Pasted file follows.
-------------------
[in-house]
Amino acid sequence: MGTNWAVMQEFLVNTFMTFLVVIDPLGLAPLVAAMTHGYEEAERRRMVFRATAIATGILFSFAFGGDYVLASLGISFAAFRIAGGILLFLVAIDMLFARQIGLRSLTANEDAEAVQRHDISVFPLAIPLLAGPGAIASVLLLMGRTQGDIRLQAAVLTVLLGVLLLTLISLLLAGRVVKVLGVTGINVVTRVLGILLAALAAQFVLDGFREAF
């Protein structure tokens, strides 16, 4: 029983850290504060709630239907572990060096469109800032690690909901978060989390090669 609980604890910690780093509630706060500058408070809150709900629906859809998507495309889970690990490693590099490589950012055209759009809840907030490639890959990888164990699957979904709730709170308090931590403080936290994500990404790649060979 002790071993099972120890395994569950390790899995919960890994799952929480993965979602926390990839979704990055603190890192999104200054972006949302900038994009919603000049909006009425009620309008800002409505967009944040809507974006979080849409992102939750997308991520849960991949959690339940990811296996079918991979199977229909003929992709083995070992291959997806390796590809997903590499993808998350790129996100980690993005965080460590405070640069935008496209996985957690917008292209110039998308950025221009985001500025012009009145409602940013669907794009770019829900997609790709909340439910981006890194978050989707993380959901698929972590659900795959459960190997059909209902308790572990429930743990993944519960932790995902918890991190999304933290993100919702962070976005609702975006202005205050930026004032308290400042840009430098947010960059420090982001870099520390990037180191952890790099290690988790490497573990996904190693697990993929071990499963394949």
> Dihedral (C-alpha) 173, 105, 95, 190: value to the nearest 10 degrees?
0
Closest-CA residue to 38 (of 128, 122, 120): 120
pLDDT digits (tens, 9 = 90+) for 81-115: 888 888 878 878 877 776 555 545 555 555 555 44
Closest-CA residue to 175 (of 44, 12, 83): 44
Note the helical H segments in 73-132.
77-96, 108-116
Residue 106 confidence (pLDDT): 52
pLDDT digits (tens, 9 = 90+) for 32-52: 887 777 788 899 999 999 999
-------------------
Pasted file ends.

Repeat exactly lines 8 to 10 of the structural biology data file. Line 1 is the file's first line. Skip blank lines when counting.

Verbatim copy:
Closest-CA residue to 175 (of 44, 12, 83): 44
Note the helical H segments in 73-132.
77-96, 108-116